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Friday, August 16, 2019
SANTIAGO, Nov 2 2009 (IPS) - Chile currently stands out for its spectacular progress in a number of health indicators, including maternal and child mortality and chronic malnutrition. But these successes obscure an acute social problem that refuses to yield: the steady rise in the number of teenage mothers.
When she discovered she was pregnant, she tried desperately to self-induce an abortion. She drank herbal concoctions, took martial art classes and even considered buying misoprostol, known as the “abortion pill.” But she had no money.
When she was in her fifth month, a friend took her to Chile Unido, a private non-profit foundation that provides assistance to women with unwanted pregnancies, to prevent them from having an abortion.
This South American nation is one of the few countries in the world where abortion is illegal under any circumstances, even when the mother’s life is at risk.
Near the end of her pregnancy, Escobar suffered complications for which she was hospitalised, and her daughter was born premature.
“These women are forced to change their life plans; they have little chance of finishing their studies or of working, because most have to stay home to care for their babies, unlike teenage fathers,” IPS Claudia Dides, director of the Gender and Equity Programme of the Chilean chapter of the Latin American School of Social Sciences (FLACSO), told IPS.
In addition to putting their health at risk, being a mother before the age of 19 perpetuates poverty and gender inequalities, experts says.
In La Pintana, a shantytown on the outskirts of Santiago, there were 80.9 teenage births per 1,000 girls aged 15 to 19 in 2006, compared to only 6.8 births in that same age range in the affluent suburb of Vitacura, which doubles La Pintana in the Human Development Index, in terms of income.
A joint study by FLACSO and the United Nations Population Fund (UNFPA) identified 10 sexual and reproductive health challenges in Chile in the framework of the Action Plan adopted at the 1994 Cairo International Conference on Population and Development, and the 2000 U.N. Millennium Development Goals agreed on by 189 nations.
“The first challenge deals precisely with teenage pregnancy,” Dides said. The other challenges refer to lack of sex education and inadequate sexual and reproductive health (SRH) services for young people, an increase in sexually-transmitted infections among teenagers, and absence of abortion statistics.
Other problems identified include difficulties in accessing and delivering contraception, lack of ethnic considerations in the design of SRH and HIV/AIDS programmes, and low participation of men in reproductive care.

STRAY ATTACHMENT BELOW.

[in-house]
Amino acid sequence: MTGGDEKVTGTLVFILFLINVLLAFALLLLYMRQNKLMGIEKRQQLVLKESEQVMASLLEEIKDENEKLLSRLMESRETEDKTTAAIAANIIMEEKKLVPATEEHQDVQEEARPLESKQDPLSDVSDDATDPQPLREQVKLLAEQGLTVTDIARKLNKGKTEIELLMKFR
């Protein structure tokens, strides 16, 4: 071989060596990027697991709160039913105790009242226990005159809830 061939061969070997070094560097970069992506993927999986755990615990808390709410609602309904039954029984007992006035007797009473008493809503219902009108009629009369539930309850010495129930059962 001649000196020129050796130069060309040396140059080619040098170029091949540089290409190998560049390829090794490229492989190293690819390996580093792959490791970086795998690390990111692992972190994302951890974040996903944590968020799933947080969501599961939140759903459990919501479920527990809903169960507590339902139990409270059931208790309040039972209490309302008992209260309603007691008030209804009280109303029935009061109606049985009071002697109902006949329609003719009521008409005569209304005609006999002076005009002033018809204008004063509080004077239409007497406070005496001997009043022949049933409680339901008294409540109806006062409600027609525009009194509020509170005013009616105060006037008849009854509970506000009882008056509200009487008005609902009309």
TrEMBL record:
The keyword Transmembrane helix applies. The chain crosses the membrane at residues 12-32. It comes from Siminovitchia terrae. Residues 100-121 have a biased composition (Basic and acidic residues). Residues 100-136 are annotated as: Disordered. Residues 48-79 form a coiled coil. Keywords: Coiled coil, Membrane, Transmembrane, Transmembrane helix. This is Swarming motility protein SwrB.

Pervasive teenage pregnancy
From 2000 to 2005, the number of live births in the country dropped from 248,694 to 230,831, in line with the ageing of the population. But the adolescent fertility rate in this country of 16 million people has not gone down at the same pace as that of women over 19. The problem is particularly alarming among girls under 15.
Between 1995 and 2005, the maternity rate in the 15-to-19 age group dropped by 9.5 percent, while in the 20-to-24 age group it fell by 30.6 percent. But the birth rate for girls under 15 per 1,000 live births was reduced less than one percentage point, from 4.2 to 4.1, in that same period.
In absolute terms, at the start of this decade, 1,054 children were born of mothers under 15 and 39,216 of mothers in the 15-19 age range. These figures declined steadily until 2004, when they stood at 906 and 33,522 births, respectively, only to begin climbing again after that year. In 2005, there were 953 births among 10-to-14 year-olds, and almost the same number (954) the following year.
The same upward trend was observed in the 15-19 age range, with 35,143 births registered in 2005 and 36,819 in 2006.
A matter of political will
Forty different studies on teenage pregnancy were conducted in Chile from 1991 to 2007. “We have the scientific evidence necessary to make policy decisions,” Dides said.
Experts agree that the problem is linked to low contraceptive use, especially in poor sectors, to the absence or inadequacy of sex education, and to a lack of adolescent-friendly health services.
A recent major initiative by the government is the Sex and Relationship Education Participatory Action Plan (PlanEsa), included in the health policies for the 2005-2010 period, which is aimed at involving school authorities, teachers, parents and students in efforts to help kids make informed decisions about sex.